Mr. Gusher turned and thanked them for the high compliment thus paid him. ”You shall ze as I shall be so grateful for dis 'onar. And your daughter--she is well?”

”Very well--she was speaking of you kindly to-day. Here is something that reached me to-day, Mr. Gusher,” she resumed, rising from her chair and handing him the letter, with a dignity of manner quite uncommon to her: ”I am sure you will pardon me, sir, but it contains matter which, as a friend of yours, I have taken the liberty to submit. I make it a rule to stand by a friend, you know.”

Gusher took the letter and began reading it with an air of unconcern.

Then breaking out into a hearty laugh, he replied: ”Zis grand rascal as write dis let-tar is one par-tick-lar friend of mine--”

”I am sure, sir,” rejoined Mrs. Chapman, ”he is an enemy of yours, and no friend. That you can explain it all satisfactorily, I have no doubt.”

”Pardon, madam, pardon; this grand rascal I call him one friend. Ze 'onar, madam, he is so much dear to me as my life. Oh yes, you shall zee as my 'onar and mine country is more dear to me zan my life. Zis grand rascal, he is my friend be-cause he do me zis injury so many times, and in ze end he do me so much good. You shall zee zar was a lady. Zat lady, ze grand rascal as writes zis letter--it is so many years ago, as I almost forget--pays to her his compliment. Pardon, madam, zat lady prefar me to ze gentleman. Zen zat gentleman he pays to me his compliment like one grand rascal. He persecute my 'onar, and he make me so many friends--”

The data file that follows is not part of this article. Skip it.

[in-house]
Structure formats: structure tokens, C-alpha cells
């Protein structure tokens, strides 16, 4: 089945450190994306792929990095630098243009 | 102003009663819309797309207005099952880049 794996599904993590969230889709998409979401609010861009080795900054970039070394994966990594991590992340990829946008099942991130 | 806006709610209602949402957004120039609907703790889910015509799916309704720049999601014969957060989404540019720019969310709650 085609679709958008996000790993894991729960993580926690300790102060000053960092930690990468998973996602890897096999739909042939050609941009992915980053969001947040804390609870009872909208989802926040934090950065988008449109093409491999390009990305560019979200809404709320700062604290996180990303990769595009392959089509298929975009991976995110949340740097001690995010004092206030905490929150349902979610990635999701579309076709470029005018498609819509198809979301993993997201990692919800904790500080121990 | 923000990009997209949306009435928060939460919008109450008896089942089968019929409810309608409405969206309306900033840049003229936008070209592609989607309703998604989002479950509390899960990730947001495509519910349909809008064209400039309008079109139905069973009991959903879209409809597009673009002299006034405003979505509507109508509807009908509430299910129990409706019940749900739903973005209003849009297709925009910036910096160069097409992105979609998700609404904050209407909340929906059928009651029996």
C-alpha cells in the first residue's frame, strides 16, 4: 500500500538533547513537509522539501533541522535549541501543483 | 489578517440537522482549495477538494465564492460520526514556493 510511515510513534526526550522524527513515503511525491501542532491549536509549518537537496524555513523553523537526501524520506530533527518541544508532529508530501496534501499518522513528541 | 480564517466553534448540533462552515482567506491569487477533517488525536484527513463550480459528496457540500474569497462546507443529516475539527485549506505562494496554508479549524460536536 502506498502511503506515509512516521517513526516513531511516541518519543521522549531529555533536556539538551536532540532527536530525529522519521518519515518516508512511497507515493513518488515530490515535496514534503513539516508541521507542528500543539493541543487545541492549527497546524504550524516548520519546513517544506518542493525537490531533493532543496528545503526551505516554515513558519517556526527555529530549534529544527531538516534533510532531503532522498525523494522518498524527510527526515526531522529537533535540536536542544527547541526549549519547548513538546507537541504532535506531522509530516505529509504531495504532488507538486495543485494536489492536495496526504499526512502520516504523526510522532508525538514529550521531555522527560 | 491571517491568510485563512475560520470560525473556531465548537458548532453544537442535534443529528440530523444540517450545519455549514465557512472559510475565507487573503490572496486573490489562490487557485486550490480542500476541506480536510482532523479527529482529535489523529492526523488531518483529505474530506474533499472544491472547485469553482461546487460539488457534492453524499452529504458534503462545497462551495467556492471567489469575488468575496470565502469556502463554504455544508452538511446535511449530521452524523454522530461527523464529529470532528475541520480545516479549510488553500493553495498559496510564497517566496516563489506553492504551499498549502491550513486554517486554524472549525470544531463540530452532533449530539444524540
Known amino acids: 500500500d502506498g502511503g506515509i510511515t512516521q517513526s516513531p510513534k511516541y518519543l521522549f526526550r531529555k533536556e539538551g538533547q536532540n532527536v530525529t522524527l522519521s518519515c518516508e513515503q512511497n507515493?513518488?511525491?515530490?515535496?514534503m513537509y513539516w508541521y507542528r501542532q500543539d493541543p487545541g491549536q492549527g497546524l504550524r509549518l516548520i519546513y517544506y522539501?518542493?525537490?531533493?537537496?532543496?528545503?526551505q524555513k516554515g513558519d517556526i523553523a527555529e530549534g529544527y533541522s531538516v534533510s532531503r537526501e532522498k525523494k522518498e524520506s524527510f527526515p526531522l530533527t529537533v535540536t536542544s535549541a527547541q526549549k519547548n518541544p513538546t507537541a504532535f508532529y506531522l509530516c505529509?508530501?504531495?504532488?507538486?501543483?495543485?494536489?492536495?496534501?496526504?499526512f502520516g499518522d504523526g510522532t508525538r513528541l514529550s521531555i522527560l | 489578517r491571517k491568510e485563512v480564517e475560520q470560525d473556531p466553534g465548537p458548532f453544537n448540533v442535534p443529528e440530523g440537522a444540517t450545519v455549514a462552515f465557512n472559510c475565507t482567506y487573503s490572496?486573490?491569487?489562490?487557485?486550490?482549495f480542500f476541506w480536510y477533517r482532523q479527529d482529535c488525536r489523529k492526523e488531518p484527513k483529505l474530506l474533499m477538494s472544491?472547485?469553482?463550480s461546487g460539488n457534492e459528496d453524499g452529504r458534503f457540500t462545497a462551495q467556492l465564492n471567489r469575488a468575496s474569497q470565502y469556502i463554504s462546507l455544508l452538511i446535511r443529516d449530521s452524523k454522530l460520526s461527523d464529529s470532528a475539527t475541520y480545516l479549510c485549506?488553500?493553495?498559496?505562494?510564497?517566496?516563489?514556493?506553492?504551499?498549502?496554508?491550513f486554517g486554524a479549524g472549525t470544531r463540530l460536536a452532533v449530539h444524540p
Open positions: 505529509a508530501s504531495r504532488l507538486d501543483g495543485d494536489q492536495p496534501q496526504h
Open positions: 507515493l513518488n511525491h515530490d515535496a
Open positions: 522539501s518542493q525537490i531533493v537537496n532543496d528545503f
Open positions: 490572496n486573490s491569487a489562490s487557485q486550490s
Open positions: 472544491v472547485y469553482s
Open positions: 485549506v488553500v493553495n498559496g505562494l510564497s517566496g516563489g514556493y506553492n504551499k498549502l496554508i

”Really, Mr. Gusher,” interrupted Mrs. Chapman, encouragingly, ”then it is all the result of jealousy? I had a suspicion that there was something of the kind at the bottom of it.”

”You shall zee, madam, it was be-cause ze lady prefar me. Zen I give ze grand rascal one pistol.” Here Mr. Gusher flourished his right hand.

”You shall give me ze satisfaction as one gentleman he give to ze oser, I say. I gives to ze grand rascal one small sword. I say I shall have ze satisfaction one gentleman he will give to ze oser. No, madam, ze grand rascal, he is one small coward. He will not give me ze satisfaction. I shall show you as this grand rascal tells not one word of ze truth.”

”I told you, my dear,” said Chapman, ”that Mr. Gusher was a gentleman, and would explain it all to your satisfaction.”

Mrs. Chapman expressed herself highly gratified at what she had heard.